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Live-fire exercises build skill on the battlefield and unit cohesion

June 10, 2022 | By Bailey Hittle
The only way to become good at any task is to practice, practice, practice. This is especially important when it comes to military training, where skill in combat missions can be a matter of survival and victory on the battlefield. The mortar platoons of Headquarters and Headquarters Company, 1st Battalion, 635th Armor Regiment spent several days in early May conducting live-fire gunnery at Fort Riley.

“It’s our annual requirement to make sure we are proficient in providing indirect fire for the battalion,” said Staff Sgt. Joseph Romans, mortar platoon sergeant. “Table VI will be our culminating event where we are going to shoot upwards of 10 different types of missions. We’ll be shooting all day and into the night.”

Although the actual live-fire was the highlight of the training, as much attention was given to what came before.

“The last couple of days we’ve been prepping for our live-fire,” said Sgt. Jovani Cardona, Gun Two squad leader. “We’ve been starting from basic levels, just gun drills, doing it over and over again for the new guys and experienced guys getting refreshers. We never can be too good to learn new things.”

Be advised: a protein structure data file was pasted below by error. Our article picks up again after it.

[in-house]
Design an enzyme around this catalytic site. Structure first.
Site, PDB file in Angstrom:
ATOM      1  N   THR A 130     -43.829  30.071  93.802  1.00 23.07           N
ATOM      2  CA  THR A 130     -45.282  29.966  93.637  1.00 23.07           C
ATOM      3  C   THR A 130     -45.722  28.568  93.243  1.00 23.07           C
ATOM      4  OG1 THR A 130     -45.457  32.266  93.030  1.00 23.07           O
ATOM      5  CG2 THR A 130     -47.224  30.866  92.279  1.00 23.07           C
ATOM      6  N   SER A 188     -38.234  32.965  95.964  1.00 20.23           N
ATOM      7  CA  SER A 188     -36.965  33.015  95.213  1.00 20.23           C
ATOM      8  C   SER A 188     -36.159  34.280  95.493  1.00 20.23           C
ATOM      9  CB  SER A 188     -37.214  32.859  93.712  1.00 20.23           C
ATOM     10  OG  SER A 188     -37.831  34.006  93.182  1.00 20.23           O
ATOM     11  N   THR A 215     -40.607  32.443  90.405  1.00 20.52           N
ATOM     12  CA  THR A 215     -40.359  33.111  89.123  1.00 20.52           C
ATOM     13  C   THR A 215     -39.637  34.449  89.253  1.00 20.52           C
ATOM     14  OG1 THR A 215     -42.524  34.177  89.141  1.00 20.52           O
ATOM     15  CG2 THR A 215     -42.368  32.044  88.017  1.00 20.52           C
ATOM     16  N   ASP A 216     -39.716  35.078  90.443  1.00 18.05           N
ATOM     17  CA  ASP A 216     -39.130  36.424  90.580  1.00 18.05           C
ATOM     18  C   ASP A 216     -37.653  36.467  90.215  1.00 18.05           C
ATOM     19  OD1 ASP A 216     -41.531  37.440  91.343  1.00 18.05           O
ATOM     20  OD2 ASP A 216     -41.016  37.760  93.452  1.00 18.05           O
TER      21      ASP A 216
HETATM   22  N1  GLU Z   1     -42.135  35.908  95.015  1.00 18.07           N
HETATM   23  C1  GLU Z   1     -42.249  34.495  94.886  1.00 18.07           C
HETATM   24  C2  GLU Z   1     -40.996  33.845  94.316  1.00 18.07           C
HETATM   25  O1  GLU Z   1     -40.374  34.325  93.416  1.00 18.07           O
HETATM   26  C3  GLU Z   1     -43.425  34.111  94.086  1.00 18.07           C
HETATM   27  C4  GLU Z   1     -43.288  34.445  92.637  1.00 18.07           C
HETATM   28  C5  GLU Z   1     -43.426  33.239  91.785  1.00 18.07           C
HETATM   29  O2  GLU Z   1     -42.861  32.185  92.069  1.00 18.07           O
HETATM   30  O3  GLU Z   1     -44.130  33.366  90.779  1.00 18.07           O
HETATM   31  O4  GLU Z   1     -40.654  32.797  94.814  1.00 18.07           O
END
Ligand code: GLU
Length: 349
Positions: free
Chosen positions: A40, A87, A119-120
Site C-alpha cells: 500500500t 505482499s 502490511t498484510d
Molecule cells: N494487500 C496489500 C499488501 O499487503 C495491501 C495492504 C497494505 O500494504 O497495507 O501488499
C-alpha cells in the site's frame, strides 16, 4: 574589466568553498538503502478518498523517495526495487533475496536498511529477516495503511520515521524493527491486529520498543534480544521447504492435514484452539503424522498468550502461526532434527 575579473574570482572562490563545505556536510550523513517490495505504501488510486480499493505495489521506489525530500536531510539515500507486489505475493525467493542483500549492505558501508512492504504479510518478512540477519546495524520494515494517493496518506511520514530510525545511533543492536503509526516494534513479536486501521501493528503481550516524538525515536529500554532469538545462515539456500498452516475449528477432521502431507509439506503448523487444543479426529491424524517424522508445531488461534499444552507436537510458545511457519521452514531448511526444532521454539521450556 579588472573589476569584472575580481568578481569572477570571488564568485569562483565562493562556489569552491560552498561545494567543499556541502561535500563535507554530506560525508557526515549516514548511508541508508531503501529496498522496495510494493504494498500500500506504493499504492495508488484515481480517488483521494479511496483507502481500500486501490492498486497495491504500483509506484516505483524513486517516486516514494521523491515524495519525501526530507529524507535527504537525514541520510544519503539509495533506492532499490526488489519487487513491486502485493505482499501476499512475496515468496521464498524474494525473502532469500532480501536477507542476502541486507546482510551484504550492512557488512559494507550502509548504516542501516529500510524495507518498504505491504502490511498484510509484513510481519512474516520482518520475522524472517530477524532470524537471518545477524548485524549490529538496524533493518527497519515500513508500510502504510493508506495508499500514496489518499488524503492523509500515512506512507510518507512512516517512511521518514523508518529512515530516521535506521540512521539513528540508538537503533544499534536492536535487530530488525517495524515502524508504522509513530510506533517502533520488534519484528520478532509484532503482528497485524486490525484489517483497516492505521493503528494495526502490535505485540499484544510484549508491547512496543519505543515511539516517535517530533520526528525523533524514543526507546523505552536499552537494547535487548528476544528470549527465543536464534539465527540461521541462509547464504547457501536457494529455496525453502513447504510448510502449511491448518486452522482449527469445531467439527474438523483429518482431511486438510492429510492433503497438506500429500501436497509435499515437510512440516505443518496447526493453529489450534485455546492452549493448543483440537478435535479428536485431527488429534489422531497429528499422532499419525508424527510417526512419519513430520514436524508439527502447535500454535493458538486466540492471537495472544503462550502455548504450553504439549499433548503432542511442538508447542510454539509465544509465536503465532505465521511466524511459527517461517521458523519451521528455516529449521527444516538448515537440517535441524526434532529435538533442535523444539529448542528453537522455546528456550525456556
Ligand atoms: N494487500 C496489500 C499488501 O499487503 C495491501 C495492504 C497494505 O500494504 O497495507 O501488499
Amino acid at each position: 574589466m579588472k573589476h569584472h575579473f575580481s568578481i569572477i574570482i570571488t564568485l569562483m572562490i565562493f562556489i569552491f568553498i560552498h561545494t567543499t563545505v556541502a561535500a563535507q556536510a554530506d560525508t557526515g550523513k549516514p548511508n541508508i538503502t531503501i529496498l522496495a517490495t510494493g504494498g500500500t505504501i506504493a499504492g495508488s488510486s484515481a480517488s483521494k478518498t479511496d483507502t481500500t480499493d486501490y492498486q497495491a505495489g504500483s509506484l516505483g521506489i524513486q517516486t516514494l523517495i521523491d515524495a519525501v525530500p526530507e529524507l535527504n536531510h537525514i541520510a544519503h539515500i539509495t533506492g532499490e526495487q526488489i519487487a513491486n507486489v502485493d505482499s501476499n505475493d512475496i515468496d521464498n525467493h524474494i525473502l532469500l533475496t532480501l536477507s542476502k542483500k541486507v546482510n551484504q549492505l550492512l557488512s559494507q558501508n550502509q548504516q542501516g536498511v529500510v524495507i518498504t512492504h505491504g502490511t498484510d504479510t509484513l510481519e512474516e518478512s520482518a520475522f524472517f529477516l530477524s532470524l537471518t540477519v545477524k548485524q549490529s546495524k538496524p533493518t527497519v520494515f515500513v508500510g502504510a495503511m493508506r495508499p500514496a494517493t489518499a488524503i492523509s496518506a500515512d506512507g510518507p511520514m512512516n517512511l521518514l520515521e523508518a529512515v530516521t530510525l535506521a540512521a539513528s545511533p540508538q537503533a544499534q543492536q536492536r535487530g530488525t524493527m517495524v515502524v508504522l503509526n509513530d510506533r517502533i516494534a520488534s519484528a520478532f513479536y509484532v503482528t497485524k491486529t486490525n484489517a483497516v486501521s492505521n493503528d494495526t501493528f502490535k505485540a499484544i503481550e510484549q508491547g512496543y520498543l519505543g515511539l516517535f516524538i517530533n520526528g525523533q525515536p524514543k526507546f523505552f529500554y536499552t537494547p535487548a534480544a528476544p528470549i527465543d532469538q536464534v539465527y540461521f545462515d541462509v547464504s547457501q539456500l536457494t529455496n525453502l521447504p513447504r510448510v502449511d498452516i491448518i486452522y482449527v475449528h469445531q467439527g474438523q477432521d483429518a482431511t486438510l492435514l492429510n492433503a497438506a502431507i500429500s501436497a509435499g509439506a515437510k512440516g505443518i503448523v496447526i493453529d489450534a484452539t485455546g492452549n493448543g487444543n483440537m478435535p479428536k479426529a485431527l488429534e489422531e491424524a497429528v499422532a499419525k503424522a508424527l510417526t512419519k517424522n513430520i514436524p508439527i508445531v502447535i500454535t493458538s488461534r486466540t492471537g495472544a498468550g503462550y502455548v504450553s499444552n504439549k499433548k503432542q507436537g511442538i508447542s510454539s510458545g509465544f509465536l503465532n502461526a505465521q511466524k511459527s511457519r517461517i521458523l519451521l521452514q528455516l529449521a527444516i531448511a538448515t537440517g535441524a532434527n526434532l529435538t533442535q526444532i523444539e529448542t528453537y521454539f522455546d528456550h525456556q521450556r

“We’ll be shooting off 36 training rounds, 17 high-explosive rounds, and 16 white phosphorus,” he said. “It’s important because we learn just what the rounds do, because each round comes out of the tube differently.”
“You train how you fight, fight how you train,” said Spc. Brett Willis, assistant gunner for Gun One. “Under stressful situations you always fall back to the lowest level of your training, so if we can’t get repetition and get good at our job when we’re not in a stressful situation, then we can’t actually go out and be reliable and do our job when we need it.”

“Getting all this extra hands-on time with each other has definitely been good for the unit,” he continued. “We only see each other once a month, so when we get these weeks out here in the field where we can actually do our job and build that team cohesion, it produces good results. I’ve seen it in the field this week, for sure. It’s made us work together better as a team.”

“This is an exciting job and I’m glad I chose it,” said Willis. “It’s quite an adrenaline rush.”